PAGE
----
Tag Archives: Leviticus 26

Re the Daily Office Readings May 20 Anno Domini 2020

The Readings: Leviticus 26:27-42; Ephesians 1:1-10; Matthew 22:41-46

(From today until Pentecost—except Ascension and Sunday—the Lectionary offers a largely course reading of Ephesians. Ephesus, on the west coast of modern Turkey, was the capital of the Roman province of Asia and among the largest cities in the Empire.)

In Lev. 26:34-35 the importance of the plural “sabbaths” (v.2) becomes clear, specifically the 7th year sabbath. That sabbath is not simply about human concerns, but also (equally?) about the land’s needs and integrity. Recalling the early chapters of Genesis (again!) Ellen Davis argues persuasively that the end of Gen. 2:15 (“The LORD God took the man and put him in the garden of Eden to till it and keep it.” NRSV) might better translated with something like “to serve and to watch it,” explaining:

 “We must serve (ˁavad) the land, not worshipping it but showing it reverence as God’s own creation, respecting it as one whose needs take priority over our immediate desires. We must watch it and watch over it (shamar) as one who has something to teach us and yet at the same time needs our vigilant care” (Getting Involved with God).

The 7th year sabbath is a part of how Israel is to relate to her land, and it turns out to be like the canary in the coal mine. So (vv.34-35) the land also must receive its due. And today? At the national/international level, Creation Care is a useful starting-point. At the local level, the “Grounds” tab in the St. Dunstan’s (Madison, Wisconsin) website is an example of developing responses.

The final verses, vv.40-48, address what Israel should do after everything goes south. It is one of a cluster of Old Testament responses to the question, differing in the weight given to divine and human initiatives, differing in what the human initiatives should look like. As such, an opportunity to wonder about how we understand divine and human initiatives to interact. The cluster itself: the stage on which John the Baptist and Jesus chart their path, typically in contrast with the other paths on offer (the Pharisees, the Zealots, etc.). How can Israel’s exile be brought to a clear end?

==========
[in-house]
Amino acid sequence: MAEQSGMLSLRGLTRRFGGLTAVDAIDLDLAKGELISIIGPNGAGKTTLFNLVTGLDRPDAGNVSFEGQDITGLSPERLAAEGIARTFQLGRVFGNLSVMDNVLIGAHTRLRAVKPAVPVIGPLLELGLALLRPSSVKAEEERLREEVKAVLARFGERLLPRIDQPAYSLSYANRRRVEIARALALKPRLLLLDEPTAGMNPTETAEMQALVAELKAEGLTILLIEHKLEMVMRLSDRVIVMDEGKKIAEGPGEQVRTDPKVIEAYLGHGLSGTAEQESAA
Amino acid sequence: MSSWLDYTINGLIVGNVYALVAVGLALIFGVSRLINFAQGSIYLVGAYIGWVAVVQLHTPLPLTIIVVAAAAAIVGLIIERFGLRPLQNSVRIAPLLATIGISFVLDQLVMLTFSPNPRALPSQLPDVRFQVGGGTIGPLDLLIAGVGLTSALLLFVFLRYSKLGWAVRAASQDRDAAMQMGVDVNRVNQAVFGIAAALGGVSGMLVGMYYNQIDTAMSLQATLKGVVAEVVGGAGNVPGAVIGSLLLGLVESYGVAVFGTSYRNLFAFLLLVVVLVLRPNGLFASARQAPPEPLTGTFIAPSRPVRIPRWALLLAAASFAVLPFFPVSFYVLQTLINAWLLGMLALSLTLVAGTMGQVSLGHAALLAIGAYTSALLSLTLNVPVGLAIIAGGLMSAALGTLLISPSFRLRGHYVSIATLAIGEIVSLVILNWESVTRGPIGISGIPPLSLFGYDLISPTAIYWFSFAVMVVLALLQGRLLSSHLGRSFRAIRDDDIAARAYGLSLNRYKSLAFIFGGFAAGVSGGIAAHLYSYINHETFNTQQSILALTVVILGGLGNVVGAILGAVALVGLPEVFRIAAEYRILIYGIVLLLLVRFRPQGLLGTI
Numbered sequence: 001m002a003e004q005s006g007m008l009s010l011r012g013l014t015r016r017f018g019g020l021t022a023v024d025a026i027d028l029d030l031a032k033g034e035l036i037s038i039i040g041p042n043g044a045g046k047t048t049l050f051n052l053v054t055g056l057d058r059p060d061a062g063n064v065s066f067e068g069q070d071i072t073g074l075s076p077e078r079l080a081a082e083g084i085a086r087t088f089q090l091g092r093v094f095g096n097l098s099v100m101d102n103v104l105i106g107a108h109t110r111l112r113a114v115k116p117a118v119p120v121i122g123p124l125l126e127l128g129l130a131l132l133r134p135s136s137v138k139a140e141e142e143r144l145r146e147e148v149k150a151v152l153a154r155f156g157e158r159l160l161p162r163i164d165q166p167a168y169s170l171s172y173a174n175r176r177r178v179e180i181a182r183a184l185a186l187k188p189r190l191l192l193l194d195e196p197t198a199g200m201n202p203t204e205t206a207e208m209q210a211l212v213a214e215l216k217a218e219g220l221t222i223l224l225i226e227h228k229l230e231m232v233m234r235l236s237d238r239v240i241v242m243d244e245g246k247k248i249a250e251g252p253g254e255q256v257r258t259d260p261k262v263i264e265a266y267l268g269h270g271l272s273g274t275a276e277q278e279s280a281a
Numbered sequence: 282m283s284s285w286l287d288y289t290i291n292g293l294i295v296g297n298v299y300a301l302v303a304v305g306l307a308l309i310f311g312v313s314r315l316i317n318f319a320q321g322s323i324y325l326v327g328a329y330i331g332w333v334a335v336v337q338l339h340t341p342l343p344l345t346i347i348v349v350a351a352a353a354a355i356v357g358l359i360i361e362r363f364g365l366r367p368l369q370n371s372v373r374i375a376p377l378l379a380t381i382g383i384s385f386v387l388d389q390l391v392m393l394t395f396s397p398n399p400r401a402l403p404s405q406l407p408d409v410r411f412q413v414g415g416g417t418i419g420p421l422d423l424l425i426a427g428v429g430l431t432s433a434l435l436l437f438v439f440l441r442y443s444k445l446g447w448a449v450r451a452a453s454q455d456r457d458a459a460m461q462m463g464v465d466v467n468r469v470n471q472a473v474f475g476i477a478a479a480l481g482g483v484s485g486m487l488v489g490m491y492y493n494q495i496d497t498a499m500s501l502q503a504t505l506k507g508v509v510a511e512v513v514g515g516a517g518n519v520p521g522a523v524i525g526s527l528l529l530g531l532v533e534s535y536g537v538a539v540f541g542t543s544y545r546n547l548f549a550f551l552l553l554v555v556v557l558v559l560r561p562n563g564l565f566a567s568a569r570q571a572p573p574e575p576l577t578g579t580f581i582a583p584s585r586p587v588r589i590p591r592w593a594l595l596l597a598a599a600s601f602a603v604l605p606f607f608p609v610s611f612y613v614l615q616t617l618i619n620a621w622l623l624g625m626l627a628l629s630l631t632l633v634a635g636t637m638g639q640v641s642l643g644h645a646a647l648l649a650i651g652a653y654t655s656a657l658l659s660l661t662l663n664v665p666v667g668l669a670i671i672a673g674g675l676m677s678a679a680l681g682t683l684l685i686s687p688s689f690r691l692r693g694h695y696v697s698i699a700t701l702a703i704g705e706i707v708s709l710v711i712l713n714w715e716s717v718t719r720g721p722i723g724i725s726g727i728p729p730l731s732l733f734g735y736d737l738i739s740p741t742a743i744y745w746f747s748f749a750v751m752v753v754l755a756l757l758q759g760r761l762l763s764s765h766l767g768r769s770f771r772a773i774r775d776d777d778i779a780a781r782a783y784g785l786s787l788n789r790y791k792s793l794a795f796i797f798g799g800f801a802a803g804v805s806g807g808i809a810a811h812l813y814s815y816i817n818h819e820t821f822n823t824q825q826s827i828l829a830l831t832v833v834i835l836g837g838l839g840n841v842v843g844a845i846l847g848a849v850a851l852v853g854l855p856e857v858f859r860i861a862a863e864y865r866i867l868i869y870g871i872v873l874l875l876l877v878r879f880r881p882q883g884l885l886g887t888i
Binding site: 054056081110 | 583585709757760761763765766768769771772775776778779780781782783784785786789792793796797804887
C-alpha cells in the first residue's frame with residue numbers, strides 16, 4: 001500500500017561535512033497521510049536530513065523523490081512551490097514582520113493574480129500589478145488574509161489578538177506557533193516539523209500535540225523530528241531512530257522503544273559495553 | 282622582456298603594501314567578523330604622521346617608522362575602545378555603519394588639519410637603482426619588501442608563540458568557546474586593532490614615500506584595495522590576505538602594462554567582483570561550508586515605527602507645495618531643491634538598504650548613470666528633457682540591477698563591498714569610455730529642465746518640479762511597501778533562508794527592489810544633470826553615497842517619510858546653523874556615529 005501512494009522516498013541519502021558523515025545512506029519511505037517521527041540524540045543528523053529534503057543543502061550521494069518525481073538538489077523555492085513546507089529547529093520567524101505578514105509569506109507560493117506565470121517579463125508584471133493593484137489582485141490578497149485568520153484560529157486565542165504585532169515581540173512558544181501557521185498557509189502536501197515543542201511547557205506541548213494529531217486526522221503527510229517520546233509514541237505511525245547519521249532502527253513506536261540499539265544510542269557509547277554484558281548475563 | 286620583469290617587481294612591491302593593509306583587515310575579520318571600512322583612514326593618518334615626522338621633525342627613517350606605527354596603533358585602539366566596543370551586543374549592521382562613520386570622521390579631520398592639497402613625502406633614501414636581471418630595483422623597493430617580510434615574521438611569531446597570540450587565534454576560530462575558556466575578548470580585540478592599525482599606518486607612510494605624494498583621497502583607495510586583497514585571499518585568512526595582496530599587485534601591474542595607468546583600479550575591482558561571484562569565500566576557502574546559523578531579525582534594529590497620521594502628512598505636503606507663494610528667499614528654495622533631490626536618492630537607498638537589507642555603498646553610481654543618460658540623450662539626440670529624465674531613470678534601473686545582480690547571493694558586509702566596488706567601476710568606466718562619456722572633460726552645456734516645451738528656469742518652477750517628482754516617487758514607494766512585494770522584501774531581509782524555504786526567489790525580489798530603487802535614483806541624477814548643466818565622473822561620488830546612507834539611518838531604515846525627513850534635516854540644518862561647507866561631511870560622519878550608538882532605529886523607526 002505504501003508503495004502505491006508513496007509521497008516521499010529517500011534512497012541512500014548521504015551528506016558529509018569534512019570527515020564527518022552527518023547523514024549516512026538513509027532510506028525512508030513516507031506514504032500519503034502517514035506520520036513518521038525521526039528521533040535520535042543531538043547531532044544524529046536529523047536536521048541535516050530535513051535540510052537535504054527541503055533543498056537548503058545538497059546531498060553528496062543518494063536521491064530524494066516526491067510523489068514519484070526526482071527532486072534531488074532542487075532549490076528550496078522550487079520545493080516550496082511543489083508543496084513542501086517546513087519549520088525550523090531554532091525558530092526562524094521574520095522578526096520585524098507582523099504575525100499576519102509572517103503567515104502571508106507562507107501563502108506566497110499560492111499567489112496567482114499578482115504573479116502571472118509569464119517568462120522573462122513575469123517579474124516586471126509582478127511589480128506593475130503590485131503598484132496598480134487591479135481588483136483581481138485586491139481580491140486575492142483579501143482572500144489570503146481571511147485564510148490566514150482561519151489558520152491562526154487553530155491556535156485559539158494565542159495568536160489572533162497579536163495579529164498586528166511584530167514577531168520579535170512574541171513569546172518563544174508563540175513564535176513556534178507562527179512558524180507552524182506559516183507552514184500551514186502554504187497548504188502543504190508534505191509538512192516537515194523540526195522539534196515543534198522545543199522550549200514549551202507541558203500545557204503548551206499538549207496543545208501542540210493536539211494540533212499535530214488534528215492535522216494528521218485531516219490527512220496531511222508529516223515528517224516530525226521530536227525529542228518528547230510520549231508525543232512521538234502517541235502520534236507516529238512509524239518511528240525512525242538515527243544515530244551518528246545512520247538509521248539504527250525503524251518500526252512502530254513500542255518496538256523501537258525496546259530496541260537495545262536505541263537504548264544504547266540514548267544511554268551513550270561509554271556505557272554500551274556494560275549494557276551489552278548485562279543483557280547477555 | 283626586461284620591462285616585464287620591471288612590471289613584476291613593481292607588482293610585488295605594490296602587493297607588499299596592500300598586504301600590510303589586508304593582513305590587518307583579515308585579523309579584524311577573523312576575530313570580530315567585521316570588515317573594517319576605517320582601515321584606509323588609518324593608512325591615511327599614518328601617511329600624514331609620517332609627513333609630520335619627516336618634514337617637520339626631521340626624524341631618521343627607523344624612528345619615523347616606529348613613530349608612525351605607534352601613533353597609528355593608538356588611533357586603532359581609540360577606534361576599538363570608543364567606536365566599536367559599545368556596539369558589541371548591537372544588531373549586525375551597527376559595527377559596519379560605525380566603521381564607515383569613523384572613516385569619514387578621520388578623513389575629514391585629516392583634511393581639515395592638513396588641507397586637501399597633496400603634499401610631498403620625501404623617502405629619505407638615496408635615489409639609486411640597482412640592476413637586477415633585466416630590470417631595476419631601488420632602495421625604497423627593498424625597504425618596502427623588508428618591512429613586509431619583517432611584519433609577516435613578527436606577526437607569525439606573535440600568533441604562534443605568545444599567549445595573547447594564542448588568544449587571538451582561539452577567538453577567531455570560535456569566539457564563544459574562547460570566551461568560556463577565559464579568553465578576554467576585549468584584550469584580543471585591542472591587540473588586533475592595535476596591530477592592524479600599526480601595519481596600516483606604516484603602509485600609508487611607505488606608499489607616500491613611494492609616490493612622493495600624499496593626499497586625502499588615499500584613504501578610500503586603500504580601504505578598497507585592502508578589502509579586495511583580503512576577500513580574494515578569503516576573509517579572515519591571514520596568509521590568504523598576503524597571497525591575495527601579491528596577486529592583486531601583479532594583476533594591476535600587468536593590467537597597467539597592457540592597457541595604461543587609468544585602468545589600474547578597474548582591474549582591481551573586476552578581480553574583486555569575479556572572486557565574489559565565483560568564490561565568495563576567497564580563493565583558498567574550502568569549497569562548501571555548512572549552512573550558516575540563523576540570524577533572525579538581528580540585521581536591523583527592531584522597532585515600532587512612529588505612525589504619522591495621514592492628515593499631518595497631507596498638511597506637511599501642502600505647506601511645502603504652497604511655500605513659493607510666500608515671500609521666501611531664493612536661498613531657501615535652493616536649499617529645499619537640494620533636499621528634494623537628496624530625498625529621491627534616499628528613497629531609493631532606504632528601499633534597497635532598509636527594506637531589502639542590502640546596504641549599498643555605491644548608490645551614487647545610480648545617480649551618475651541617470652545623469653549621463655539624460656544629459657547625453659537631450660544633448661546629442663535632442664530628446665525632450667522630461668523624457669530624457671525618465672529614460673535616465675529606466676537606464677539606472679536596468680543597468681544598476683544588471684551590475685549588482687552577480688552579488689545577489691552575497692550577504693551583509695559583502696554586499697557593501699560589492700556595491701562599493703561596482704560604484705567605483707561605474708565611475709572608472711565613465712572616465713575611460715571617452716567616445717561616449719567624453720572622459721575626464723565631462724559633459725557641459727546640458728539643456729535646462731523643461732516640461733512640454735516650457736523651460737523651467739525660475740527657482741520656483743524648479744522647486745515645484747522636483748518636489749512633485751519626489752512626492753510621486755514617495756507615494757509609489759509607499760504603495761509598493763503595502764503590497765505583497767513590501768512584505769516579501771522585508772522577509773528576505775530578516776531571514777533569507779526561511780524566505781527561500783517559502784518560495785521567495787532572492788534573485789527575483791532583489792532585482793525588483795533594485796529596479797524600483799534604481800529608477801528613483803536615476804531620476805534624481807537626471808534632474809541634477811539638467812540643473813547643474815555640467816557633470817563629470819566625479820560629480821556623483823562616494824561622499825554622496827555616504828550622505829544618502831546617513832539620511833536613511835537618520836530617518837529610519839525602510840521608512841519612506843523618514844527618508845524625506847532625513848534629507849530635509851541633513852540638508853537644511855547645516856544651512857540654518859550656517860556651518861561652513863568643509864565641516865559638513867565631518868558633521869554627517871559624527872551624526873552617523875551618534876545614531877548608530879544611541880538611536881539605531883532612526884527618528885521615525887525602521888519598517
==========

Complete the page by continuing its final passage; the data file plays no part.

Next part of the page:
Re the Daily Office Readings May 19 Anno Domini 2020

The Readings: Leviticus 26:1-20; 1 Timothy 2:1-6; Matthew 13:18-23

Lev. 26:1-2 looks like a very condensed summary of the covenant: don’t do that (v.1); do this (v.2). We might wonder: why summarize the covenant this way? (How else could it have been summarized?)

What, for that matter, is wrong with idols, images, etc.? The answer is clear if the image is intended to point to any god except the LORD. By our numbering that’s covered in the first commandment; images per se, a separate issue (the second commandment). Different texts may point to different answers. I wonder if it doesn’t go back to Gen 1:26-27. If you want an image of God, pay attention to human beings; experience suggests that any other image leads to human beings being treated in inhuman ways.

“You shall keep my sabbaths and reverence my sanctuary.” The one organizes time (every 7th day, every 7th year, every 7x 7th year—recall Lev. 25); the other organizes space (the tabernacle/temple itself, the land of Israel, other lands; different gifts flow in different directions). How do we Christians understand the New Covenant to organize our time, our space?

Lev. 26:3-39 describes the blessings obedience brings and the curses disobedience brings, a standard element in the ancient near eastern treaties that served as a rough template for the Mosaic covenant. Among the many things we might wonder about, here are two. In vv.3-13 economic prosperity and national security are byproducts of the nation’s conduct before God. We tend to treat them as goods to be pursued directly.

Second, the whole obedience-brings-blessing-disobedience-brings-curse paradigm. On the one hand, does any part of the Bible remain intact if the paradigm is discarded? On the other hand, multiple voices within the OT warn us to use it with extreme caution. In 2 Kings righteous king Josiah dies young and wicked king Manasseh lives to a ripe old age. Job exhibits at length the disastrous results of using the paradigm diagnostically (Job is suffering, so Job is a sinner). What do we do with it?